Learning through actions: my internship experience - By Tegan Enright

Queensland University of Technology – Bachelor of Creative Industries (Interdisciplinary) After enjoying a unit in visual display within the arts, I was inspired to seek an internship position at an art gallery to expand my knowledge of display and curation. Having experience within the retail industry and a passion for art, I naturally thought that a commercial gallery would be perfect for me. Impressed by the quality of not only the art, but the customer service as well, I was drawn towards the Red Hill Gallery.

It is the aim of the internship programme to provide students with the opportunity to not only experience working within their field of study, but to transition and relate learnt knowledge into a workplace environment. During my time at the gallery, I found myself learning much more than I had anticipated. Mirroring Elizabeth A. Smith’s (2001) notions on the role of tacit and explicit knowledge in the workplace, the gallery offered me the opportunity to learn tacit knowledge by providing me with face-to-face and ‘hands-on’ methods which conveyed industry knowledge and ‘know how’.

Within my proposed role as a gallery assistant, I contributed to the day to day running of the gallery. As a practical worker, I was pleased to discover how hands-on the duties were and found that I learnt a lot about retail galleries by participating in practical tasks. In learning from Action: A Conceptual Framework, Miriam Hutton (1989) explores the notion of learning through action and states that during her search to create a strong educational programme, she ‘wanted an approach to learning which could enable people to act and to learn at the same time’. This strongly related to my experience as I learnt a lot from my actions and was able to relate and use my academic knowledge within a practical environment.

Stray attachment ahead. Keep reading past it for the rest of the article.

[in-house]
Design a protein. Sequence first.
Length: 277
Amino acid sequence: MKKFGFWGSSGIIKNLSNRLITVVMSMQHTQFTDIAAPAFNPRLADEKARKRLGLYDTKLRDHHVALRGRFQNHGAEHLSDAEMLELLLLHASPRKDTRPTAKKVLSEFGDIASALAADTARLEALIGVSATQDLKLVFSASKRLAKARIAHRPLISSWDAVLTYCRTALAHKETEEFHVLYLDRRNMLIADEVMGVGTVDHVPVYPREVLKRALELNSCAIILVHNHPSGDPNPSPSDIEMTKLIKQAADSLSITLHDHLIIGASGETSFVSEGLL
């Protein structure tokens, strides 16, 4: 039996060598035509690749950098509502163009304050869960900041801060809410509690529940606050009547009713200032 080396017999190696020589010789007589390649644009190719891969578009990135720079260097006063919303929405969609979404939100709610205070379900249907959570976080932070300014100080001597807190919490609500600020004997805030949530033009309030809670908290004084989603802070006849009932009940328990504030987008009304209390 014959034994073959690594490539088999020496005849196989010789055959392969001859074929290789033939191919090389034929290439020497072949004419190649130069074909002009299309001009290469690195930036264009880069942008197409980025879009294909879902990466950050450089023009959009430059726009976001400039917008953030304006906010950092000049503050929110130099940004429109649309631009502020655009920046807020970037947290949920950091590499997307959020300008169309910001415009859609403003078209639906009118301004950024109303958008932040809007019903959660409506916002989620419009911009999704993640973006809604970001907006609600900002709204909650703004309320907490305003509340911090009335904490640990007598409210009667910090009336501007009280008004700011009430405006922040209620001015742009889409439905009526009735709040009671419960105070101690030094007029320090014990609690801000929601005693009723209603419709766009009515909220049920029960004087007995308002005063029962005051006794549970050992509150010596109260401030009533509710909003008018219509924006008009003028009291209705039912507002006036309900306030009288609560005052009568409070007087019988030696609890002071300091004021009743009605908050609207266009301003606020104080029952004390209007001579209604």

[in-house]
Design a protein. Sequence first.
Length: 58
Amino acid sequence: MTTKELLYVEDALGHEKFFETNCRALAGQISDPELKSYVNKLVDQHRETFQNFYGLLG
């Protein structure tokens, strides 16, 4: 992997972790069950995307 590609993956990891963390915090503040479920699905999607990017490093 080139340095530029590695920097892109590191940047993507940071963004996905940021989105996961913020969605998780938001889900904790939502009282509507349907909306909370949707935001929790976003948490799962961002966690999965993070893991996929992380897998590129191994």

Not only have I learnt that there is a lot more to a commercial art gallery than I initially thought, I have discovered my own views of selling art and strengthened my professional confidence. I immensely enjoyed my time at the gallery and I am pleased to say that I was successful in reaching my aims of increasing my knowledge of local artists and developing my visual display skills. I would like to thank the ladies of the gallery for providing me with such a warm and educational experience, thank you.


Hutton M 1989. ‘Learning from Action: A Conceptual Framework’, in SW Weil & I McGill (eds), Making sense of experiential learning: diversity in theory and practice, Milton Keynes, The Society for Research into Higher Education and OUP, pp.50-59.

Smith EA 2001, ‘The role of tacit and explicit knowledge in the workplace’. Journal of Knowledge Management, ProQuest Central, vol.5, 4, pp. 311-321.